Sponsor a Girl Education

Sponsor a Girl: Education Is Key

For many little girls in the United States and wealthier countries, when asked what they wanted to be when they grew up, it was assumed they would receive an education and go on to find an occupation they loved. Yet, in certain parts of the world, a girl is far from guaranteed an education. She waits and hopes for a sponsor. A girl’s education path is not the norm in many developing countries.

Worldwide, approximately 169 million girls are out of school. Of this number, 32 million are primary school age, 30 million are lower-secondary age, and 67 million are upper-secondary age.[1] Though the reasons for this are varied, the results are often the same: ongoing poverty, gender-based violence, human trafficking and child marriage.

“Despite substantial progress over the last two decades, girls still have on average lower levels of educational attainment than boys in many countries, especially at the secondary and tertiary levels,” noted a joint report published by the Global Partnership for Education.[2] “Low educational attainment affects girls’ life trajectories’ in many ways. Girls dropping out of school early are more likely to marry or have children early, before they may be physically and emotionally ready to become wives and mothers. This may affect their own health. It may also affect that of their children,” the report revealed.

For a girl, child education might begin, but when her family is faced with difficult financial decisions, a male sibling’s education is often put first. UNICEF reports that with the investment in the education of a girl, child marriage drops significantly.[3]

Making sure girls are educated results in these benefits[4]:

  • The lifetime earnings of girls dramatically increases
  • National growth rates rise
  • Child marriage rates decline
  • Child mortality rates fall
  • Maternal mortality rates fall
  • Child stunting drops

Girls’ education in South Asia has been recognized as a needing improvement. So much so that in August 2009, one country’s parliament had passed the landmark Right to Education Act which made education free and compulsory for children between the ages 6 and 14. For a time, this helped get more girls into school, even if it didn’t keep them there.[5]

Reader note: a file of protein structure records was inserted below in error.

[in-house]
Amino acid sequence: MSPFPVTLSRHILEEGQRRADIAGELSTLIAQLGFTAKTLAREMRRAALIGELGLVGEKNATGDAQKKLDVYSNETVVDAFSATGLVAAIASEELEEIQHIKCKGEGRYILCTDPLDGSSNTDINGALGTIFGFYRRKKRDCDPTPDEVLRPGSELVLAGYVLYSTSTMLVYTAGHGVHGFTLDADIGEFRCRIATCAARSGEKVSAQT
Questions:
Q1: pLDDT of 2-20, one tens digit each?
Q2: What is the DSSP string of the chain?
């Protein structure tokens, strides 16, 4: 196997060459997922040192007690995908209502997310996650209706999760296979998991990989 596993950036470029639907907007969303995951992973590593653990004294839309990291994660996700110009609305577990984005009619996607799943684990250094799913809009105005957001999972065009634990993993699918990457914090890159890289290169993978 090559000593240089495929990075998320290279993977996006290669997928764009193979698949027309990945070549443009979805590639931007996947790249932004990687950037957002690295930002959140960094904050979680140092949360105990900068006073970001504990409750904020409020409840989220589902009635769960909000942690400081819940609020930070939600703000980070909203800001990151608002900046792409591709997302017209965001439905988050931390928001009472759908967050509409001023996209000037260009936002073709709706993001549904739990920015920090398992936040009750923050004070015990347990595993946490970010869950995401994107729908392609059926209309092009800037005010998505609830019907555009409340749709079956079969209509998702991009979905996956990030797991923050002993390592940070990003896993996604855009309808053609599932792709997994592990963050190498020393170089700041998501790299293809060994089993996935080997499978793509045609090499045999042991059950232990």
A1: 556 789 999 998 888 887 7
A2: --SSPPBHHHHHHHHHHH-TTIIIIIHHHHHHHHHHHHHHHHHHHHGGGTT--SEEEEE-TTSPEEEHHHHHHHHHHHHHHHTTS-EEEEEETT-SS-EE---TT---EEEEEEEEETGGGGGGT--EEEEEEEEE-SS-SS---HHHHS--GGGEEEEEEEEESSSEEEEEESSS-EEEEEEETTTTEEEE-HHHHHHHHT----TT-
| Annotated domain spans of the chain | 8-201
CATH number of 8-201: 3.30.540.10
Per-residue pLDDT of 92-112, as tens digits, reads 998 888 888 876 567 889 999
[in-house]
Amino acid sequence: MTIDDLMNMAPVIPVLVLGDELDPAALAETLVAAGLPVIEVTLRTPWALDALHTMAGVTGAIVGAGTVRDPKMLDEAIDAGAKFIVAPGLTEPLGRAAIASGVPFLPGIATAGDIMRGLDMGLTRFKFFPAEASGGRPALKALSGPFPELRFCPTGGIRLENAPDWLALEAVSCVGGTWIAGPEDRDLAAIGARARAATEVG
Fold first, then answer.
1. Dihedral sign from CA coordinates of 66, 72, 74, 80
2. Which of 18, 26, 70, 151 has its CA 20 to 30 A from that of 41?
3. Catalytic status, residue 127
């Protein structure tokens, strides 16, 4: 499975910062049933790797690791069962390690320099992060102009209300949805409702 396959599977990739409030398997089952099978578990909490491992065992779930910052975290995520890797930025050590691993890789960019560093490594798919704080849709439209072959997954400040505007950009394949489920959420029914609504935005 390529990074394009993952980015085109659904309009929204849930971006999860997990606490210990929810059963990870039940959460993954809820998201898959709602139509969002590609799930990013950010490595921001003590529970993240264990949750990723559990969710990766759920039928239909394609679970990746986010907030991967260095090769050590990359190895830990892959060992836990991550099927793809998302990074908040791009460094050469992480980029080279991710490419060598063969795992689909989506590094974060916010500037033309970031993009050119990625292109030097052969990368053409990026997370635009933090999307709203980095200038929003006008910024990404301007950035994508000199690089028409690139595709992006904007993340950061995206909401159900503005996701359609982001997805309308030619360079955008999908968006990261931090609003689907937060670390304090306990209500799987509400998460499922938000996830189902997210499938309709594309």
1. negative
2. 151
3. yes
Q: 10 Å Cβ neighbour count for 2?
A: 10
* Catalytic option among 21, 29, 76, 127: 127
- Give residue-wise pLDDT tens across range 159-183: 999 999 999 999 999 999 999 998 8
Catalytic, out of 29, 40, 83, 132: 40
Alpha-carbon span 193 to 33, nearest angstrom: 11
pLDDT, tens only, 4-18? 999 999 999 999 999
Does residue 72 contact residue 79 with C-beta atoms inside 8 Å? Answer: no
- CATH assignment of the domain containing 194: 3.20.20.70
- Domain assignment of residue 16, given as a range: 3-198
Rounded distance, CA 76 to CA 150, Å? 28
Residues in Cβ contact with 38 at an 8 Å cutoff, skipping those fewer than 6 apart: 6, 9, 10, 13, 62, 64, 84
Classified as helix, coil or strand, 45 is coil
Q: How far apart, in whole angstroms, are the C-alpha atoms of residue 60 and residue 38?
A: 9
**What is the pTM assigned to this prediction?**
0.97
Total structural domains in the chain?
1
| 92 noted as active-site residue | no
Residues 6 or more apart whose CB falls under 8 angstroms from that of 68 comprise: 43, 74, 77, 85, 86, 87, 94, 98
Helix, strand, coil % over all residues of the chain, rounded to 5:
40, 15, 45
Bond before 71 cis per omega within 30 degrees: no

Barriers unaddressed by laws include cultural expectations, major safety concerns, hygiene issues and more. Those around the girls must be diligent to make sure girls make it into school, continue school, and finish school as the they will likely fight an uphill battle the whole way.

Sarafina understood this well. As a child, GFA World missionaries found her at the age of five in need of assistance. It was through a sponsor that they helped her get into school and advance, also providing help for her family. She was excited and growing in her studies.[6]

She made it to the 12th grade, which was a major milestone for her, but her family’s situation deteriorated. Sarafina had to forgo her future education plans and stay home to care for her aging grandparents and take care of the family home.

GFA teachers invited her, along with other child sponsorship graduates, to learn about a fellowship program. Sarafina attended, and her teachers were thrilled to see her. When they heard that she had stopped her education, they knew they had to act.

With the help of the supportive GFA missionaries, Sarafina enrolled in a course to become a blood bank lab technician. She finished her degree and got a job as a lab technician.

“My heart is filled with gratitude toward God and His people,” Sarafina said. “I will never forget [the GFA missionaries] and all the help I have received from them. It is only because of [them] that I am in this job today.”

Sarafina not only achieved a personal dream and goal, but also put herself in a better position to help her family financially. Everyone around her benefits from her education and hard work.

It can be this way for other girls, too. When generous people like you sponsor a girl, education becomes a reality for her. She can start to dream about what she wants to be when she grows up, like Sarafina. The confidence, fulfillment, and security of education and employment will help Sarafina go far in life, as well as help her family and add to the overall community. Everyone wins.

To sponsor a girl, education included, simply go to GFA’s Child Sponsorship page and under the gender, choose female. Hundreds of girls await your generosity and support. Without you, they face child marriage, constant threats to their safety, and a life marked by poverty and struggle.

Be the source of hopes and dreams for a little girl today. Sponsor her future with your simple monthly gift of $35 per month. She will receive access to clean water, supplies for school, educational support, regular food, and so much more. All of these life-giving elements are provided through the loving care of GFA missionaries, who also bring the Good News of Jesus Christ and His personal love for each child. She will learn that she is loved by the God of the Universe and worthy of hope.

Learn more about child labor

[1] UNICEF, “Girls Education.” https://www.unicef.org/education/girls-education. Accessed October 7, 2022.
[2] Quentin Wodon, Claudio Montenegro, Hoa Nguyen, and Adenike Onagoruwat, “The Cost of Not Education Girls,” CIFF, World Bank, Malala Fund, Global Partnership for Education. https://www.globalpartnership.org/sites/default/files/2018-07-gpe-high-cost-of-not-educating-girls.pdf. July 2018.
[3] UNICEF, “Girls Education.” https://www.unicef.org/education/girls-education. Accessed October 7, 2022.
[4] Ibid.
[5] Time Magazine, “School Has Been a Right for Girls in India Since 2009. So Why Aren’t They Going?” https://time.com/5614642/india-girls-education/. June 27, 2019.
[6] Gospel for Asia. Facebook. https://www.facebook.com/photo/?fbid=460701342764110&set=a.355741243260121. August 25, 2022.